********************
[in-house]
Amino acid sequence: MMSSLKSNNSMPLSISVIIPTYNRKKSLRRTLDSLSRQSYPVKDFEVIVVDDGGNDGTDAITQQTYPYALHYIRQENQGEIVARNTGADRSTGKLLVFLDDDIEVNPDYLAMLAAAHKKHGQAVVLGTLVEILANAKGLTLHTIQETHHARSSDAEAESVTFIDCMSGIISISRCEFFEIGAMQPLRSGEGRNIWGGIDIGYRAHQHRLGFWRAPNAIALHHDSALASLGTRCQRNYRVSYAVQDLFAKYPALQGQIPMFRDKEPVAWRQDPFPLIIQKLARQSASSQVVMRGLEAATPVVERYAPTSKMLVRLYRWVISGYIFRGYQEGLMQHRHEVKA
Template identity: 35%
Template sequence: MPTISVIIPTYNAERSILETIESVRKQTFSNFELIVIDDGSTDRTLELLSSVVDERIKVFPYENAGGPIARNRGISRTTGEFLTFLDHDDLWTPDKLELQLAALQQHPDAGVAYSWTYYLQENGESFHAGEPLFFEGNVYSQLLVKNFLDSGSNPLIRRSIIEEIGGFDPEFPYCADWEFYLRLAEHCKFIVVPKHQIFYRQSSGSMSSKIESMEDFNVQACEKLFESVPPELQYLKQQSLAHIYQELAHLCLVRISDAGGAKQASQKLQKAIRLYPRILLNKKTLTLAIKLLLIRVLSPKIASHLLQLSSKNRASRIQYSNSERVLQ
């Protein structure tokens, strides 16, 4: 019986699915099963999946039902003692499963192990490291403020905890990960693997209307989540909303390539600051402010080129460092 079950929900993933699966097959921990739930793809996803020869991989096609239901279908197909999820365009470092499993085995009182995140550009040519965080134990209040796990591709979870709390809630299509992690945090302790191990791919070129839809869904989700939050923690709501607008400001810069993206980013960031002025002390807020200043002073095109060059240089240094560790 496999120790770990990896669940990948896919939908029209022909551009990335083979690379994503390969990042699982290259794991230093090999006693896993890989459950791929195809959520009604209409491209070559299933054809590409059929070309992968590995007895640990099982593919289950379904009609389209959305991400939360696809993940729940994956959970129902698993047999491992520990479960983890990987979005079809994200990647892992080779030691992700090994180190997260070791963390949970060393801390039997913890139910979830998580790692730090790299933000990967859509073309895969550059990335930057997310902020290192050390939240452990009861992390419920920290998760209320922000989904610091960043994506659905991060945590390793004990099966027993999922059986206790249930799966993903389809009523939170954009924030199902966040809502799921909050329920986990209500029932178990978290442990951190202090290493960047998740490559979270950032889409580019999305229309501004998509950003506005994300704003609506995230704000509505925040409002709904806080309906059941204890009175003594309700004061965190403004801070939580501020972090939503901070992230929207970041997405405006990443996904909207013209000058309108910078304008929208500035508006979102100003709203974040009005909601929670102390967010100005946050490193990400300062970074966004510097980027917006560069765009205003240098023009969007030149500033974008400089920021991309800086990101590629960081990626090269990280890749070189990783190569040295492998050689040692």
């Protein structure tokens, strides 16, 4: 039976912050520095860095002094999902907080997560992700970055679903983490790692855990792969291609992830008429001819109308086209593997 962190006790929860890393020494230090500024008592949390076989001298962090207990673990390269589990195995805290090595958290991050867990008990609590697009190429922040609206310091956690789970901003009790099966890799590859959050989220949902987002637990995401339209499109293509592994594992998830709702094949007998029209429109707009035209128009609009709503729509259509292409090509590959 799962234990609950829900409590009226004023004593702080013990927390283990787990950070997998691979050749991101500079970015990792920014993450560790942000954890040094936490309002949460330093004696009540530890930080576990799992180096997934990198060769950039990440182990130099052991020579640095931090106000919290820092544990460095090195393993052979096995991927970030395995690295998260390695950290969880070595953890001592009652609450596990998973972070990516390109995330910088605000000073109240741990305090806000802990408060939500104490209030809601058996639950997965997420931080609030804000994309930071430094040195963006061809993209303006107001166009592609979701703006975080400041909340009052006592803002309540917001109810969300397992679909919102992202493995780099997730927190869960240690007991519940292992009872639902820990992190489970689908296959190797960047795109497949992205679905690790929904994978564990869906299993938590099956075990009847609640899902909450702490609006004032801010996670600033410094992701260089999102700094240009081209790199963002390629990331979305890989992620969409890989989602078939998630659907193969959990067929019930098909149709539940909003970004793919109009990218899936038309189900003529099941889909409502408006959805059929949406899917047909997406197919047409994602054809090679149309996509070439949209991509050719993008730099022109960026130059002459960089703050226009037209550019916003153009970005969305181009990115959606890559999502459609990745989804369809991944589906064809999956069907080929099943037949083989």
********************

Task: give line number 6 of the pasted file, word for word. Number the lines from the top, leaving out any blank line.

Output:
């Protein structure tokens, strides 16, 4: 039976912050520095860095002094999902907080997560992700970055679903983490790692855990792969291609992830008429001819109308086209593997 962190006790929860890393020494230090500024008592949390076989001298962090207990673990390269589990195995805290090595958290991050867990008990609590697009190429922040609206310091956690789970901003009790099966890799590859959050989220949902987002637990995401339209499109293509592994594992998830709702094949007998029209429109707009035209128009609009709503729509259509292409090509590959 799962234990609950829900409590009226004023004593702080013990927390283990787990950070997998691979050749991101500079970015990792920014993450560790942000954890040094936490309002949460330093004696009540530890930080576990799992180096997934990198060769950039990440182990130099052991020579640095931090106000919290820092544990460095090195393993052979096995991927970030395995690295998260390695950290969880070595953890001592009652609450596990998973972070990516390109995330910088605000000073109240741990305090806000802990408060939500104490209030809601058996639950997965997420931080609030804000994309930071430094040195963006061809993209303006107001166009592609979701703006975080400041909340009052006592803002309540917001109810969300397992679909919102992202493995780099997730927190869960240690007991519940292992009872639902820990992190489970689908296959190797960047795109497949992205679905690790929904994978564990869906299993938590099956075990009847609640899902909450702490609006004032801010996670600033410094992701260089999102700094240009081209790199963002390629990331979305890989992620969409890989989602078939998630659907193969959990067929019930098909149709539940909003970004793919109009990218899936038309189900003529099941889909409502408006959805059929949406899917047909997406197919047409994602054809090679149309996509070439949209991509050719993008730099022109960026130059002459960089703050226009037209550019916003153009970005969305181009990115959606890559999502459609990745989804369809991944589906064809999956069907080929099943037949083989």